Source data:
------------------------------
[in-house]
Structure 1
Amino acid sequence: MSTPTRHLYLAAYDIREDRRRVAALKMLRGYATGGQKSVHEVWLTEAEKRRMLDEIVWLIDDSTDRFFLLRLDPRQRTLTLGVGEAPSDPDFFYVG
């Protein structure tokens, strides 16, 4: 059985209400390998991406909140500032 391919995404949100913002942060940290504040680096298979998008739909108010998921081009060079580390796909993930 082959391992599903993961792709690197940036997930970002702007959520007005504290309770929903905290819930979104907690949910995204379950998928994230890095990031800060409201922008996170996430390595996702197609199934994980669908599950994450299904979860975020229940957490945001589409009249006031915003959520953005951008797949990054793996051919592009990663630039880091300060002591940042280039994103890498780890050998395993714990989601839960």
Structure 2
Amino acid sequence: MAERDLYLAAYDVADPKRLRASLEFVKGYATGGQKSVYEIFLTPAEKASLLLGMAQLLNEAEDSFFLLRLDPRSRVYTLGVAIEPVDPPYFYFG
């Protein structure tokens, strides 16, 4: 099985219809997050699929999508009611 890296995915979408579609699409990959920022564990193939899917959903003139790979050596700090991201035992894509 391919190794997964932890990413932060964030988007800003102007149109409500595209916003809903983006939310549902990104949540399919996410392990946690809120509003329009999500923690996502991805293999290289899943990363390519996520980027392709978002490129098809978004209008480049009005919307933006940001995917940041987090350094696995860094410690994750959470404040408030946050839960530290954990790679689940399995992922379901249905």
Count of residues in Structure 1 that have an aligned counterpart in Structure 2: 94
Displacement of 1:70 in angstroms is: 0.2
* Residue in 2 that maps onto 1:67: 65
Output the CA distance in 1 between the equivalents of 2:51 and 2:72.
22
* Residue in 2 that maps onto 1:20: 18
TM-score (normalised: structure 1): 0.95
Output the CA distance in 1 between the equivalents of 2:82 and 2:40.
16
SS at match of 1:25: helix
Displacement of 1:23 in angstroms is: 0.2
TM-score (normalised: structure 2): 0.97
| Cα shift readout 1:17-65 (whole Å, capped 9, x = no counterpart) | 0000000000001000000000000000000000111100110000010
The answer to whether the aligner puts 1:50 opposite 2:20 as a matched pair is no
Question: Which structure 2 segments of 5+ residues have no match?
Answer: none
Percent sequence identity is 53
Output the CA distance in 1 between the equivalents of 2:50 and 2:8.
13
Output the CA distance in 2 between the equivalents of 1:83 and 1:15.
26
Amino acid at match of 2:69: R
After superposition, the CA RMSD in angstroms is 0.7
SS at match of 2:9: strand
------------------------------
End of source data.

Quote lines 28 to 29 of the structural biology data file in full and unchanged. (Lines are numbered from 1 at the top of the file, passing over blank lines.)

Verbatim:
26
Amino acid at match of 2:69: R